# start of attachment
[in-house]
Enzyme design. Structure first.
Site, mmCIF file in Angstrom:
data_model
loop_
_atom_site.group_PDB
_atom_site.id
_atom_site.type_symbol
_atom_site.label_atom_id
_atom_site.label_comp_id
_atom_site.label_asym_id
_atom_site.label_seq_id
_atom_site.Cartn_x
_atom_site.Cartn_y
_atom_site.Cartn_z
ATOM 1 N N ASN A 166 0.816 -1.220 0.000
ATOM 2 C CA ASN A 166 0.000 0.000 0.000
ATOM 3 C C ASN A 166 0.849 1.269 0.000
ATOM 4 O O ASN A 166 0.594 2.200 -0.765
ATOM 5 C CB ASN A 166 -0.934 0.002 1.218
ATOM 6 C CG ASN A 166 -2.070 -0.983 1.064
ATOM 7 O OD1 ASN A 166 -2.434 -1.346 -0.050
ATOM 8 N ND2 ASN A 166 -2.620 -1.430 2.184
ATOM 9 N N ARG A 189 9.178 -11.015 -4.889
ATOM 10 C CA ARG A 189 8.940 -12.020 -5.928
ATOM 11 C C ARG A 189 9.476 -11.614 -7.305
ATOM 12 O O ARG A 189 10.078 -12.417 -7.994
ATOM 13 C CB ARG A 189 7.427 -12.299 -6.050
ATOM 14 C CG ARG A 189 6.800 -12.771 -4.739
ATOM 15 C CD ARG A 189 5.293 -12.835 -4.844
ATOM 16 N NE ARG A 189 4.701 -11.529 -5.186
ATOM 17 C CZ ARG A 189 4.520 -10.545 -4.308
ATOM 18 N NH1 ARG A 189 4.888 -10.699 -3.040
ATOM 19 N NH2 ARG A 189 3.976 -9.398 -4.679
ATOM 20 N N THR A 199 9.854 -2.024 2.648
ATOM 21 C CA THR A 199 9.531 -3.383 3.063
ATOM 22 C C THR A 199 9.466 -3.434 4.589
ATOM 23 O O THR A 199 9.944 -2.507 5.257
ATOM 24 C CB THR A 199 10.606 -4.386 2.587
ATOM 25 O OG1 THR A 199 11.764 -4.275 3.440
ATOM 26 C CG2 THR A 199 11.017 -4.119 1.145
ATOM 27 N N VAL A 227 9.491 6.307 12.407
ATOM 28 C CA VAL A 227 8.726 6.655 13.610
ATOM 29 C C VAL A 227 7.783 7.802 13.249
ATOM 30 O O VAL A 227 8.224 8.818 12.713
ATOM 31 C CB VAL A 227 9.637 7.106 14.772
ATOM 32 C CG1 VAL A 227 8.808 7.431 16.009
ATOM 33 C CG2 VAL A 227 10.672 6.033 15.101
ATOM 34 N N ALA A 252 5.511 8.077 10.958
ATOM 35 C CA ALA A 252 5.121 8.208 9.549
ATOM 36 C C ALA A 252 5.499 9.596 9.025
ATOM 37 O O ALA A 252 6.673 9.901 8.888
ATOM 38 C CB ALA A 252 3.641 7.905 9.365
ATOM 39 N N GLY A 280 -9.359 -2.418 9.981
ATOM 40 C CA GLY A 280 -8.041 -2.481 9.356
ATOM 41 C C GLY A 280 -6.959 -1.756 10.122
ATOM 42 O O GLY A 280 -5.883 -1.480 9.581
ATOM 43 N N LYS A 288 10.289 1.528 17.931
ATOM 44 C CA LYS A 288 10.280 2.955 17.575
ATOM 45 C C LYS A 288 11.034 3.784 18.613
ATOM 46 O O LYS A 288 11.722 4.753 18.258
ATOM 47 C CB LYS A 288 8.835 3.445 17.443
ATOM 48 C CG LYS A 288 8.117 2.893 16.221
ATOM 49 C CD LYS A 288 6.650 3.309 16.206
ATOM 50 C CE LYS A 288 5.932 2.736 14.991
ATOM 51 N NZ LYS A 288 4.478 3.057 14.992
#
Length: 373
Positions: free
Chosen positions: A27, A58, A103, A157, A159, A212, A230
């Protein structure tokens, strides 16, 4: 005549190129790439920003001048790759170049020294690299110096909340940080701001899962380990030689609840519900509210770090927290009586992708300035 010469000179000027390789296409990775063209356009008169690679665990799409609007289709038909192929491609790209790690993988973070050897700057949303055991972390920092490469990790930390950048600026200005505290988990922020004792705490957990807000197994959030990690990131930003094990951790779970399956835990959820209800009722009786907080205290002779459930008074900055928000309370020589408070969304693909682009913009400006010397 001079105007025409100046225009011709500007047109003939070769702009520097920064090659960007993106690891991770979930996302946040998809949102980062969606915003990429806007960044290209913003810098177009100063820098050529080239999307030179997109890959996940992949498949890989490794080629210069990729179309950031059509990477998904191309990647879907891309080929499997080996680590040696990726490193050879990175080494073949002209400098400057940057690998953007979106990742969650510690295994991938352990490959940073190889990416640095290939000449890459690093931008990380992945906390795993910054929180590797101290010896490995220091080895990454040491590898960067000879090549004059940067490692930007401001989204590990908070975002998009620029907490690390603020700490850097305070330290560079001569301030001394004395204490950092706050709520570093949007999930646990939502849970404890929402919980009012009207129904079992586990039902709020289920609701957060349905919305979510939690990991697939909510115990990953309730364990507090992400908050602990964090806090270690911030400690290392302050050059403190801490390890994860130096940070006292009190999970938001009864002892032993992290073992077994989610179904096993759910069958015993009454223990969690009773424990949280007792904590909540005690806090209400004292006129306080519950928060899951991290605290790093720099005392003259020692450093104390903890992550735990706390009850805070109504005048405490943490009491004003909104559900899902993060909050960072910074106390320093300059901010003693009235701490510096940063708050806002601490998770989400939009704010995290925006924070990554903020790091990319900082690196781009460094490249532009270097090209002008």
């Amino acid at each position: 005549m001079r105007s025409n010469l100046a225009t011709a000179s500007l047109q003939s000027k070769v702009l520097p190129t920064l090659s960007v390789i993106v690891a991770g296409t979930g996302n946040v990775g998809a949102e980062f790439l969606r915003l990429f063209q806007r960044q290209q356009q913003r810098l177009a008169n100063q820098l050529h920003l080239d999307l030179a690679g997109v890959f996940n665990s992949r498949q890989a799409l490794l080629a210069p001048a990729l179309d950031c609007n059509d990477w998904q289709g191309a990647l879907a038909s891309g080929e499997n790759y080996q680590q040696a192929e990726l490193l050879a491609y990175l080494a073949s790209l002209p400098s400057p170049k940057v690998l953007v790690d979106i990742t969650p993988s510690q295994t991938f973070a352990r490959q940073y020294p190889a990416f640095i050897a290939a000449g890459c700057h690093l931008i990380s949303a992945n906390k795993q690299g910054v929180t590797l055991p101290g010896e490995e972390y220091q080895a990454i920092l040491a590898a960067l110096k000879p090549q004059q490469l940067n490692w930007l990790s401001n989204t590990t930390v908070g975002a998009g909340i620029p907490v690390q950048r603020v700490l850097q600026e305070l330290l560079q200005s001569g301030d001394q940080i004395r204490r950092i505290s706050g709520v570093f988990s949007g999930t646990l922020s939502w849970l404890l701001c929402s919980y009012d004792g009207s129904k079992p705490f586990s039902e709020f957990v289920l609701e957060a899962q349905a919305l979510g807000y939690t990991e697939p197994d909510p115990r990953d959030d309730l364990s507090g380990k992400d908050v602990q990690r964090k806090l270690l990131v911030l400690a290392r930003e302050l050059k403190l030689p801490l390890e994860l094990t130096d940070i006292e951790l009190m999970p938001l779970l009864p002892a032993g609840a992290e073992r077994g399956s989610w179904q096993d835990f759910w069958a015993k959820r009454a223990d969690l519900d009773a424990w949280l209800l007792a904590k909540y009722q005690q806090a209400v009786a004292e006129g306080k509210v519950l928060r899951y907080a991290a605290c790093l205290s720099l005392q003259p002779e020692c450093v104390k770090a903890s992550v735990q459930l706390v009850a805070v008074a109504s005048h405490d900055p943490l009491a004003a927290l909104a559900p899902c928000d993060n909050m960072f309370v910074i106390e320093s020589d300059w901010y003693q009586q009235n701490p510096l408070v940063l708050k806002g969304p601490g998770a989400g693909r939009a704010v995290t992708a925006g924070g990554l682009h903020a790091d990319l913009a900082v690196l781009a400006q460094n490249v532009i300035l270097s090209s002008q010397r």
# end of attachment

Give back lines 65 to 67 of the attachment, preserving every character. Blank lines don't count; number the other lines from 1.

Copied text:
ATOM 50 C CE LYS A 288 5.932 2.736 14.991
ATOM 51 N NZ LYS A 288 4.478 3.057 14.992
#